know the truth are constantly dropping into expressions conformable only to a false theory; just as we all speak of a "favorable balance of trade," when we know the expression conveys a wrong idea.
In regard to allotment of specialties or industries the theory which finds readiest and commonest expressions, even among those who know better, is that each task should be done by the one most capable of doing it, each industry carried on by the class, community, or country by which it can be done with the least outlay of labor and capital. By most people this is regarded as an axiom, needing no proof because admitting of no denial. They are as sure of it as their ancestors were that the sun daily revolves around the earth.
In all the hot disputes with which the free-traders and protectionists have enlivened the politics and enlightened the minds of the populace, they have rarely if ever failed to agree on the axiomatic truth of this falsehood. One wants free trade because it will secure to each industry a development in the country whose natural resources are best adapted to it. The other is able to prove, in a particular case, that his own is that country, and that therefore the Government should step in and bring about the development which somehow fails to come of its own accord. The free-trader assumes that the natural laws of trade will bring about a certain state of things which the protectionist is able to prove that they do not, but is free to confess that they would, after a few years of governmental "encouragement."
Torrence found out the true theory as applied to international trade; Ricardo enlarged upon it, and for a time secured the credit of its invention; Mill made a complicated mathematical demonstration of it; and more recent writers have been content to briefly repeat their argument, and give it the same extremely limited application. The English economists discovered that under the system of free trade their country imported things which could have been made with less capital and labor at home. In order to silence the protectionists, who had made the same discovery, they set about to find some excuse for it. In the course of the search they discovered what they conceived to be a great mathematical principle; but they were careful to explain that it applied only to international specialization, and to give the reason why it should. Capital moves freely, they said, within national bounds, but it does not freely cross them. This argument has had a surprising longevity, considering that it is not the poor countries, but the rich ones, which import the things they could produce with little effort.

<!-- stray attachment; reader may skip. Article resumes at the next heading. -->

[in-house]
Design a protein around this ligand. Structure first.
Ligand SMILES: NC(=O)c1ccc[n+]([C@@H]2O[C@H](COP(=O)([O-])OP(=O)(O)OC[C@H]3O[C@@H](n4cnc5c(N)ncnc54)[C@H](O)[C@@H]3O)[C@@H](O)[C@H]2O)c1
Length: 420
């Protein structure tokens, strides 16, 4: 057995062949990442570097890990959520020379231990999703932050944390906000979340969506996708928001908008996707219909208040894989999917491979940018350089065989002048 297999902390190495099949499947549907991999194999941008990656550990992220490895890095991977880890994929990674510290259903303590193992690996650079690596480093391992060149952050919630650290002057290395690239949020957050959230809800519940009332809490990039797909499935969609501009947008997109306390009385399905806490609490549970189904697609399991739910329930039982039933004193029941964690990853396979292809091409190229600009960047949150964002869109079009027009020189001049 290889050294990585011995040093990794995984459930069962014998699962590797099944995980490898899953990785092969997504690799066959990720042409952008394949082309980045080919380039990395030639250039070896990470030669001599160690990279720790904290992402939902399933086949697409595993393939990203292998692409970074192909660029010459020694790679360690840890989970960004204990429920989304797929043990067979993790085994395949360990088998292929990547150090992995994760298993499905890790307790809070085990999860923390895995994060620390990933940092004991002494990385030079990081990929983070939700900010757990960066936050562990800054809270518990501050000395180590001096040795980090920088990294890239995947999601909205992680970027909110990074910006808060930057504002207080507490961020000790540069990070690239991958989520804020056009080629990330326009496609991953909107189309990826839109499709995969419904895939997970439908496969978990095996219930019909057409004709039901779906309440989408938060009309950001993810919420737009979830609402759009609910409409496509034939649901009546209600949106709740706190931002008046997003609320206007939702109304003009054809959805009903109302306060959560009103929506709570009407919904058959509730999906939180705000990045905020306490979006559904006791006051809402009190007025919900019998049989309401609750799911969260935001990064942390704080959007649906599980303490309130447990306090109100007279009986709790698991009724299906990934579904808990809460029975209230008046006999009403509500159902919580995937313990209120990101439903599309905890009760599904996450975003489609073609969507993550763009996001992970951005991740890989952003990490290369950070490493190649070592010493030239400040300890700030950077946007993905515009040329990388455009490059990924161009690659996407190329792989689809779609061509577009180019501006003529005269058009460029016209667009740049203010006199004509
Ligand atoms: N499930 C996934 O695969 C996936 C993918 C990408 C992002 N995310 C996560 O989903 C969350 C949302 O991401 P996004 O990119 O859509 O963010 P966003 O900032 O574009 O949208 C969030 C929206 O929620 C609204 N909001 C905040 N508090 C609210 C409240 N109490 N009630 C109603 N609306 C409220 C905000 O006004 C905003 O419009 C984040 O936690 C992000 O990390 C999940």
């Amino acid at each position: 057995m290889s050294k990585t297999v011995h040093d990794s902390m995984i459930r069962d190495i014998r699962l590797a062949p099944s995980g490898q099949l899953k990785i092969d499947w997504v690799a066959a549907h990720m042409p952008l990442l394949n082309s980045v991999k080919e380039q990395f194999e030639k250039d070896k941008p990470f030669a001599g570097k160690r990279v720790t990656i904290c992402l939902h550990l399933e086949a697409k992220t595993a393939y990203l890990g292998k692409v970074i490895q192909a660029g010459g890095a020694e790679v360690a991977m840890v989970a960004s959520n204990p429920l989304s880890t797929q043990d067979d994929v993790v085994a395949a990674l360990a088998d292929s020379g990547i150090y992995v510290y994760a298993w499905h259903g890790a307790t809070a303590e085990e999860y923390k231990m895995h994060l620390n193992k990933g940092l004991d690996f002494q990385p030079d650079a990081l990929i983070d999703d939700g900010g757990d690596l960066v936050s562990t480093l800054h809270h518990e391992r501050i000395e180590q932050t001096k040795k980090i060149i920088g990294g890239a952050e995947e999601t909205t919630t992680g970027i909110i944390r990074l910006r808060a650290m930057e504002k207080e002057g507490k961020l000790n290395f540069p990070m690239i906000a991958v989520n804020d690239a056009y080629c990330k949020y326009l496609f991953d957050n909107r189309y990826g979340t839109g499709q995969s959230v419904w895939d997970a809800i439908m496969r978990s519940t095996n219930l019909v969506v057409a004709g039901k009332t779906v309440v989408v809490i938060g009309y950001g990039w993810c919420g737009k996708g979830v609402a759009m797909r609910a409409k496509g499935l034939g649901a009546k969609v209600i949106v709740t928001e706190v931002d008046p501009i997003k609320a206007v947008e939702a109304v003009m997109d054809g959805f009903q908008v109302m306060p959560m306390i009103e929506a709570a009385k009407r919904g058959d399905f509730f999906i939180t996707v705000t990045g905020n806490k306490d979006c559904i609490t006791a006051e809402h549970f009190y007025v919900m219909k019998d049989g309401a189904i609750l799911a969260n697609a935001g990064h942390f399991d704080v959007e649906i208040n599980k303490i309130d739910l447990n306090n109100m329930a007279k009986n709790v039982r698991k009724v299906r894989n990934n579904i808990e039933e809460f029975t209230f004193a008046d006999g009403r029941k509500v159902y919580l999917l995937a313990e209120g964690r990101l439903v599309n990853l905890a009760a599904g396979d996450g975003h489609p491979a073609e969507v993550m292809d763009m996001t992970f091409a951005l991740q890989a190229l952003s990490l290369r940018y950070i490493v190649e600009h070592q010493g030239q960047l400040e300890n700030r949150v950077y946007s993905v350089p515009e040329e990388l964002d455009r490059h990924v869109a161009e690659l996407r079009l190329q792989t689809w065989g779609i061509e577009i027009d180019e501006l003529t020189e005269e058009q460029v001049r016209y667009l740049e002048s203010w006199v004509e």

In our widening field of observation, which has the further merit of lying all about us within easy reach, we shall find many after-illustrations, and a sufficient number of more satisfactory explanations of this so-called economic paradox. It is not alone, nor chiefly, in foreign trade that we must and do leave to others tasks that we can do better than they. It is, in fact, a universal and striking feature of